Keywords: School closure; Student attainments; Education Inspectorate; Primary education
    JEL: I20 I28 R28
    Date: 2012
  8. By: Yoshitsugu Kanemoto (National Graduate Institute for Policy Studies)
    Abstract: Many sources of urban agglomeration involve departures from the first-best world. The benefit evaluation of a transportation project must then take into account agglomeration benefits along with any direct user benefits. Using a monopolistic competition model of differentiated intermediate products, we show that the additional benefits can be expressed as an extended Harberger formula with variety distortion in addition to price distortion. They are positive if variety is procompetitive, but, in the anticompetitive case, we cannot exclude the possibility of negative additional benefits. By introducing the rural sector and multiple cities explicitly, we also show that the agglomeration benefits depend on where the new workers are from.
    Date: 2012–06
  9. By: WALTHER Olivier; REITEL Bernard
    Abstract: This paper provides evidence of how national and linguistic borders affect the structure of policy networks. Our analysis of the Basel metropolitan region located across Switzerland, France and Germany considers the case of cross-border public transportation. Using a social network approach based on 44 actors, we show that national borders play a diminishing role in the formation of policy networks for both information exchange and decision making but still limit interactions between German and French-speaking actors. Local actors develop different brokerage roles according to their country of origin, with Swiss actors acting as coordinator and representative brokers vis-à-vis players located in France and Germany.
    Keywords: policy networks; cross-border metropolitan region; transport policies; social network analysis; Basel; Switzerland; France; Germany
    JEL: F15 F16 J61 R42 R50 R58
    Date: 2012–06
  10. By: Akay, Alpaslan (IZA); Constant, Amelie F. (DIW DC, George Washington University); Giulietti, Corrado (IZA)
    Abstract: This paper examines the effect of immigration directly on the overall utility of natives. To the best of our knowledge, this is the first paper to explore such nexus. Combining information from the German Socio-Economic Panel dataset with detailed local labour market characteristics for the period 1997 to 2007, we investigate how changes in the spatial concentration of immigrants affect the subjective well-being of the German-born population. Our results suggest the existence of a robust, positive effect of immigration on natives' well-being. The presence of confounding local labour market characteristics has a negligible impact on the estimates. Furthermore, we find substantial evidence that the effect of immigration on well-being is a function of the assimilation of immigrants in the region. The effect of immigration is higher in regions with an intermediate level of economic assimilation and is essentially zero in areas where immigrants are either least or fully economically integrated. We conduct robustness checks to address the potential endogeneity between subjective well-being and immigration. Our tests indicate that natives are not crowded out by immigrants, and that the sorting of immigrants to regions with higher SWB is weak. This suggests that our main findings are not driven or strongly influenced by reverse causality or selectivity.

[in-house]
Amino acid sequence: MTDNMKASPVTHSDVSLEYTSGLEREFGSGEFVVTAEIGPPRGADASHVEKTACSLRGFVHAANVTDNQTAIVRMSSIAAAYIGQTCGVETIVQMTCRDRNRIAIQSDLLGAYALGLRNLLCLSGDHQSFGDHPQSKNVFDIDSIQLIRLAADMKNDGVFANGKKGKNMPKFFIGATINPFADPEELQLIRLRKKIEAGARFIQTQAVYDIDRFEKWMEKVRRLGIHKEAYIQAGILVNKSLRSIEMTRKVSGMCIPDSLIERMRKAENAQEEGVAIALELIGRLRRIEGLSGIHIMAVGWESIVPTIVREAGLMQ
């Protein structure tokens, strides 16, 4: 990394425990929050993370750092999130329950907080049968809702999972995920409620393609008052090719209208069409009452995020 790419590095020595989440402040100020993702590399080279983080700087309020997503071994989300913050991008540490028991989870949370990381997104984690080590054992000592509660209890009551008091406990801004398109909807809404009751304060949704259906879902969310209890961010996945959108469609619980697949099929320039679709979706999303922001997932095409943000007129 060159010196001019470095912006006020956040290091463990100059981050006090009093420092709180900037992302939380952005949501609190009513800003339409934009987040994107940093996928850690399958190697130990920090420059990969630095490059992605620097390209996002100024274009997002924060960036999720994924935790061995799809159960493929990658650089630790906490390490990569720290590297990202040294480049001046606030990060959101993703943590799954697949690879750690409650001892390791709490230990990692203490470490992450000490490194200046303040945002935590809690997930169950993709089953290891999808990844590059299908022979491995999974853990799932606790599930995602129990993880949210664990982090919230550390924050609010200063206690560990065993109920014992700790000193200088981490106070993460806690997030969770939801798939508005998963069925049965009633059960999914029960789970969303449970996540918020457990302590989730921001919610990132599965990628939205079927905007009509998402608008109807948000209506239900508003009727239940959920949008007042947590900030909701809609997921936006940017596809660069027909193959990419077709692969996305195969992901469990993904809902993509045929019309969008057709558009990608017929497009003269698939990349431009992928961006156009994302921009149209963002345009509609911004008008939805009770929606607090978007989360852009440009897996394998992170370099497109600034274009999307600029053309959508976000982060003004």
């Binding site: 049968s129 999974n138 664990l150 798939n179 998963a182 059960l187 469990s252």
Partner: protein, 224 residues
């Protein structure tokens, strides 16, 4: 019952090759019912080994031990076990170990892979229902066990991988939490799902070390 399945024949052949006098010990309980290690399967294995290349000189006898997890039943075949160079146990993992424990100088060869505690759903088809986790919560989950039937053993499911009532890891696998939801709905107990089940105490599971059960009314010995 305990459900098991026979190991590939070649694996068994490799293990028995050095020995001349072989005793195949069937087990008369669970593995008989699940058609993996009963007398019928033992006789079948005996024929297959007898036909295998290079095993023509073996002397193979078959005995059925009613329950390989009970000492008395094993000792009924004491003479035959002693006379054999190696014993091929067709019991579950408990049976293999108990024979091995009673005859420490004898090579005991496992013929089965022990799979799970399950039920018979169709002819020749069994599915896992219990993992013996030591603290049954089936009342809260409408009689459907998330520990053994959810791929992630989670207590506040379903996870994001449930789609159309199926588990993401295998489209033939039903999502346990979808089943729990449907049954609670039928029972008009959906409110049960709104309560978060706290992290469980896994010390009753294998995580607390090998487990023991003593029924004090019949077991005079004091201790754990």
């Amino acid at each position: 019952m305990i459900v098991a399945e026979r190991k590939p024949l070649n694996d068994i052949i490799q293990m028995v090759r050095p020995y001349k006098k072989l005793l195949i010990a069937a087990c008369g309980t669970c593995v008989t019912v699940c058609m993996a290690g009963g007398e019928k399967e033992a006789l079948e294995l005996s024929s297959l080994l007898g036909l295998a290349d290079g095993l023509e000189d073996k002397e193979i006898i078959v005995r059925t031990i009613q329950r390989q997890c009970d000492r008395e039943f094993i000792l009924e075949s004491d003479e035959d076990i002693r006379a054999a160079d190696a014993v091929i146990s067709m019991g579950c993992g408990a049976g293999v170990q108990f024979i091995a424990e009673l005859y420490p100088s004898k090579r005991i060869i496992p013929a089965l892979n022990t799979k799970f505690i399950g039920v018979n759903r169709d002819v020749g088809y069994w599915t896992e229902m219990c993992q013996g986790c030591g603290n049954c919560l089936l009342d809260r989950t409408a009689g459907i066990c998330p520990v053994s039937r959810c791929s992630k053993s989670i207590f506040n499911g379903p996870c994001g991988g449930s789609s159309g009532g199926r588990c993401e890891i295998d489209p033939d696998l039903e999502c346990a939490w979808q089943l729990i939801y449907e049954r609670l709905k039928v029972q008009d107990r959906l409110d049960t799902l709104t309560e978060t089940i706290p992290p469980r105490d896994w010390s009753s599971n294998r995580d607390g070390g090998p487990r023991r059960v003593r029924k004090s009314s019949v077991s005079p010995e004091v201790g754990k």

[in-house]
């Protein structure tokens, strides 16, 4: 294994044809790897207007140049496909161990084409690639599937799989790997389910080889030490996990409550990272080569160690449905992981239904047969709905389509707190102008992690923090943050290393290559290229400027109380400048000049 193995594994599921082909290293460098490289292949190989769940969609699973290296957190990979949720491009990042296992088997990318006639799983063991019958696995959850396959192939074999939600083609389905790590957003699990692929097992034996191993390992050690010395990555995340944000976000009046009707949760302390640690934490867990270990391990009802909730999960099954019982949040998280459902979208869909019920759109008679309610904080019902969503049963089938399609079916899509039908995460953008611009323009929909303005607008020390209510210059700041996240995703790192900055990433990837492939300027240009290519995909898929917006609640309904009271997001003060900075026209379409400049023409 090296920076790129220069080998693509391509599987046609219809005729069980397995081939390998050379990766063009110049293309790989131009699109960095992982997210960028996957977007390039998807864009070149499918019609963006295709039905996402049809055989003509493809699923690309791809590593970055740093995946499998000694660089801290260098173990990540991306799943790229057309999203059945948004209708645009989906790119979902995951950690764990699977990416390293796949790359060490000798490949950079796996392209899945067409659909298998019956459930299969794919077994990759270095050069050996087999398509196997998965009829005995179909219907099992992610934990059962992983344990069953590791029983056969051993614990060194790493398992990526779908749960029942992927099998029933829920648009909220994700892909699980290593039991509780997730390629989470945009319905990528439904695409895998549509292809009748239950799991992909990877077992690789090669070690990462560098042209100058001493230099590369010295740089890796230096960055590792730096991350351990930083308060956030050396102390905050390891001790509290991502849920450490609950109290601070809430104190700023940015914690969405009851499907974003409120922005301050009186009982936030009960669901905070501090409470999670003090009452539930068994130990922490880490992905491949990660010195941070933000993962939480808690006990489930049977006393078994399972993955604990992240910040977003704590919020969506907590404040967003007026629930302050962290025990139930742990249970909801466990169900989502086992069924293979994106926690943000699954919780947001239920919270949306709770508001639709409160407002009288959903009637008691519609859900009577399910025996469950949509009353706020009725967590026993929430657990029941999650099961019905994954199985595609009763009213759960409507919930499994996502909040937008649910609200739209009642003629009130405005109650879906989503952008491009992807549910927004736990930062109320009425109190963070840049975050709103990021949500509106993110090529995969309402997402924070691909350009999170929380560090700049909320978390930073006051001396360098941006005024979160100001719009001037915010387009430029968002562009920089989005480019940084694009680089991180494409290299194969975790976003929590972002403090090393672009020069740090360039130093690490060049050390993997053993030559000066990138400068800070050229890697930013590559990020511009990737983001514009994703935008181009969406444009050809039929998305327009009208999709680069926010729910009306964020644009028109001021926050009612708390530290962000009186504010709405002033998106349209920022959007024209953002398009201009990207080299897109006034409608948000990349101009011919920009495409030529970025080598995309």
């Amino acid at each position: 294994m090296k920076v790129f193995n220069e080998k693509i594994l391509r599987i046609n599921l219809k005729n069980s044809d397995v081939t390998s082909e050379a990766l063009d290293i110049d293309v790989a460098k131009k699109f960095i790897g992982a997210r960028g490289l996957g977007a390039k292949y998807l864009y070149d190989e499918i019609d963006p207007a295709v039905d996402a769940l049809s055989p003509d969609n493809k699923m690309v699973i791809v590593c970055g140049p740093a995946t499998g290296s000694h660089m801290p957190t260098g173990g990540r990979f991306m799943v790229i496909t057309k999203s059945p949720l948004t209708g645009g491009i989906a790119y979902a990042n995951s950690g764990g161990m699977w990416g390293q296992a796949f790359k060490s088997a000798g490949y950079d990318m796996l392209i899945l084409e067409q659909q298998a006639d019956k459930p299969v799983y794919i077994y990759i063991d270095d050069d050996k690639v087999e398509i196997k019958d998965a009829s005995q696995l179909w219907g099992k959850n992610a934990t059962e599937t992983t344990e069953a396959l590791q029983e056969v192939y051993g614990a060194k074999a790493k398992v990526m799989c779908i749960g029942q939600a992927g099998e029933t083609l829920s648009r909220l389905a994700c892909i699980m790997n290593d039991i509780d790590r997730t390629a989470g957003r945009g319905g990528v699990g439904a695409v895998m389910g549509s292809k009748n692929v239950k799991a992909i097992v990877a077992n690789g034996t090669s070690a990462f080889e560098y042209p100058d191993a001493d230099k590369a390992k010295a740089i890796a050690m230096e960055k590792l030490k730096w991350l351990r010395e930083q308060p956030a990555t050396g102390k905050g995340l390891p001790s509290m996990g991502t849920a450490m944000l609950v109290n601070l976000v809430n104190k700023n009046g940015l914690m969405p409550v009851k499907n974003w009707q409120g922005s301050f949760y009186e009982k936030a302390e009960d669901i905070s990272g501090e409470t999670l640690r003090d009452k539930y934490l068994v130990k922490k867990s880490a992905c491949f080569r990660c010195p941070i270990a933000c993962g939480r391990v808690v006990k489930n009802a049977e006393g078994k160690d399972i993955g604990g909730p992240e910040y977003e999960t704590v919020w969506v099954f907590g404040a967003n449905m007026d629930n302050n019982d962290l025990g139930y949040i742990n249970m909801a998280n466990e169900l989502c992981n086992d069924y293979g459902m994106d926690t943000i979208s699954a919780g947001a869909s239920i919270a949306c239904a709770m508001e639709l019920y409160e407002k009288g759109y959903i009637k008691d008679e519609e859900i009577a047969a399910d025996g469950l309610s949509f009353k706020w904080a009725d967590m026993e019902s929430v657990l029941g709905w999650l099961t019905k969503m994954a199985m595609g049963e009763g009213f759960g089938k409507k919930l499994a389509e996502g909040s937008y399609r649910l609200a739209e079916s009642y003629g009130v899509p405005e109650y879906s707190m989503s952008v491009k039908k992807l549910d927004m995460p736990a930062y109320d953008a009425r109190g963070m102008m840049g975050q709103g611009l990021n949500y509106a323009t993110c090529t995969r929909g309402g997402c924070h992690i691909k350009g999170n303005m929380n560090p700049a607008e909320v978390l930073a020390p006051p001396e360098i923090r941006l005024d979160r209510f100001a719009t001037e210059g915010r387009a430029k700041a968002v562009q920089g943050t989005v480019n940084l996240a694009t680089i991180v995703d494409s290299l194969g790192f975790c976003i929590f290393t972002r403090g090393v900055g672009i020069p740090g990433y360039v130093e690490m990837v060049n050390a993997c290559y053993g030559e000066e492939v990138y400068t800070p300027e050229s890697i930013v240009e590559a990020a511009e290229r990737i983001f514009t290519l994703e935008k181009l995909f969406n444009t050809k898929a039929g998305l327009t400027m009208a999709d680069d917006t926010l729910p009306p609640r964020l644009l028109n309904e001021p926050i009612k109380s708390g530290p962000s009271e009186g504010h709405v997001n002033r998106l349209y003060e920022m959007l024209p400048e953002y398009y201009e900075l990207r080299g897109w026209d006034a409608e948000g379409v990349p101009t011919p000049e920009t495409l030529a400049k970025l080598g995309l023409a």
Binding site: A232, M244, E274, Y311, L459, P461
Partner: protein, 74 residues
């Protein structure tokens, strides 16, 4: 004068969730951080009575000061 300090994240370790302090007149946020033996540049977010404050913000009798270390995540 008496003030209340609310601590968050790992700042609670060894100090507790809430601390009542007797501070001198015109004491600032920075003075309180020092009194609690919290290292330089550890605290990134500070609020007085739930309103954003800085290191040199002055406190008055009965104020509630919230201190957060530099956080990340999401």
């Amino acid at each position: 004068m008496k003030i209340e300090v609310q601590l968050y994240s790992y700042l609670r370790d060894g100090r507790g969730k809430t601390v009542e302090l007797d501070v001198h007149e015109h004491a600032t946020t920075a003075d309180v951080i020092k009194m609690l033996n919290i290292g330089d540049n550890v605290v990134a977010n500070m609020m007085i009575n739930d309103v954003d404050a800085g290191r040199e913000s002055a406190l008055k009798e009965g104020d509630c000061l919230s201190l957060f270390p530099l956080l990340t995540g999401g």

Keywords: immigration, subjective well-being, assimilation
    JEL: C90 J61 D63
    Date: 2012–06
  11. By: Antoci, Angelo; Borghesi, Simone; Marletto, Gerardo
    Abstract: Car use is an increasingly serious problem in many modern cities because of polluting emissions, noise, accidents and congestion. To examine this issue, this paper analyzes the individual choice between taking the car and using alternative transport modes (e.g. walking, cycling, taking the bus etc...) in the presence of cars' negative impacts on alternative transport modes. Using a simple evolutionary model, we show the existence of suboptimal Nash equilibria characterized by the widespread use of cars and discuss the effects of simple transport policies that reduce cars' negative impacts on alternative transport modes.
    Keywords: urban transport; cars; negative impacts; evolutionary dynamics; suboptimal Nash equilibria
    JEL: R40 D62 R41 C73
    Date: 2012
  12. By: Psycharis, Yannis; Rodríguez-Pose, Andrés; Tselios, Vassilis
    Abstract: This paper estimates the impact of public investment on regional economic growth and convergence at the NUTS III level in Greece. Using a new database of public expenditure per region for the period 1978-2007, it proposes a model which captures not just the impact of public investment in Greek prefectures, but also the spillover effects related to the existence of externalities from neighbouring regions. The results point to a positive long-run impact of public investment per capita on regional economic growth – but not on convergence – which also generates considerable spillover effects. However, the returns vary according to different types of public investment, with education and infrastructure spillovers having the highest impact. In general, public investment externalities seem to be more relevant for regional growth than direct public investment in each region. Finally, the impact of different types of public investment in Greece is mediated by politics and political factors, but the effect of politics disappears once we control for political-period-specific spatial-invariant variables.